Cherokee Purple Heirloom Tomatoes

My favorite thing to grow is the Cherokee Purple Heirloom tomato. It has an amazing flavor beyond your best beefsteak tomato. It’s a very ugly tomato which grows lumpy with a variety of coloring ranging from a yellowish brown to it’s infamous purple color. Another challenge with this tomato is it’s thin skin. A trait that is common on heirloom tomatoes. When it’s hot and a cool rain comes, the water is pulled by osmosis into the skin and many times creates cracks. All in all the taste is worth the risk.

In our area this tomato is easy to grow and many times grows much larger than the other tomatoes. The one pictured grew so fast it grew around the tomato stake. I had to extract it. You can see where the thin skin peeled partially off. This tomato was huge!

The only problem with this and other heirloom tomatoes is it’s hard to sell to the average person. Customers expect their tomatoes to look perfectly round and red. The majority  of Cherokee Purple tomatoes grown do not meet that expectation. I came across a discussion online about the challenges with growing and selling Cherokee Purple and someone recommended a hybrid with a thicker skin that increased successful yield and increased sell-ability.  Although I am insistent on only growing and selling heirloom varieties, I plan to try this new hybrid next year and see how it works. It might make a big difference for our customer’s expectations.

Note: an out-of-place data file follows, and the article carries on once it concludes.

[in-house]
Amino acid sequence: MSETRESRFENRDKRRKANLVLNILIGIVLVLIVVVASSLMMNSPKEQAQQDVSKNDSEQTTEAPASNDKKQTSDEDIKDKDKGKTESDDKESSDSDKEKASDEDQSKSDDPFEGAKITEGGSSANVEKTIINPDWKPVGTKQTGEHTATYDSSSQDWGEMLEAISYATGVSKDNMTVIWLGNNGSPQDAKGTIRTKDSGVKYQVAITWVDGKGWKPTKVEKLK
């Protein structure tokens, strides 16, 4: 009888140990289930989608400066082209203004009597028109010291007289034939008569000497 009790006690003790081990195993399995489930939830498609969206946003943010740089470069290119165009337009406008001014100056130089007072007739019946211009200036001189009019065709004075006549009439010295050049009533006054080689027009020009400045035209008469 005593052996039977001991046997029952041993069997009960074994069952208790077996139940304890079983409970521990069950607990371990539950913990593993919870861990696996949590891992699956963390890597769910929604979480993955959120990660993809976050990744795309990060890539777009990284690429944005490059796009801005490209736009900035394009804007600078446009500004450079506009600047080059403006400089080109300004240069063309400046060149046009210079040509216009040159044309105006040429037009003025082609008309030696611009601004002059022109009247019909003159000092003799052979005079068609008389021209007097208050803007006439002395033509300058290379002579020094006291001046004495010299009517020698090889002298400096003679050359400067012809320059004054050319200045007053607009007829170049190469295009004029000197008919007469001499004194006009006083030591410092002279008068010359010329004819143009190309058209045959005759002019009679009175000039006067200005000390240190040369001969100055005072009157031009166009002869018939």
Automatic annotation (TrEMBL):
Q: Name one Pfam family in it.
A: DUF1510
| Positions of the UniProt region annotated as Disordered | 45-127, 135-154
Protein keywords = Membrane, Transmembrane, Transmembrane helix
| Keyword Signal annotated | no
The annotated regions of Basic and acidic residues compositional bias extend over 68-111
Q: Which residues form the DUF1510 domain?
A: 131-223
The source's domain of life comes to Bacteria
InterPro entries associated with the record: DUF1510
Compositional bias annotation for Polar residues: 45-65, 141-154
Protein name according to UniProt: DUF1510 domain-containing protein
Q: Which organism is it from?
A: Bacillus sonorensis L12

Heirloom , Non-GMO, Organic Seed Collecting

Seed Collecting

Unfortunately, with all the home renovations last year, I got a very late start on the vegetable plot and didn’t have time to grow any plants inside from seed. It was expensive purchasing tomato and pepper plants so everything else in the garden was grown outside by seed.  We had an okay crop, but I learned what I like (Roma tomatoes) and don’t like (crook neck squash), what does well (lettuce) and what doesn’t (potatoes). I also learned I can save money on seeds by purchasing heirlooms and collecting the seeds at the end of the season to use the following year. In addition, the heirlooms are GMO free.  I already collected heirloom tomato and lettuce seeds for this coming year! And of course, since it’s already February, I just bought 30 new non-GMO, heirloom seed packets, most of which are organic. If this is going to be an artisan farm, I want the produce to be the most natural and tasty it can be. We’ll try these new seeds out this year and see what works best.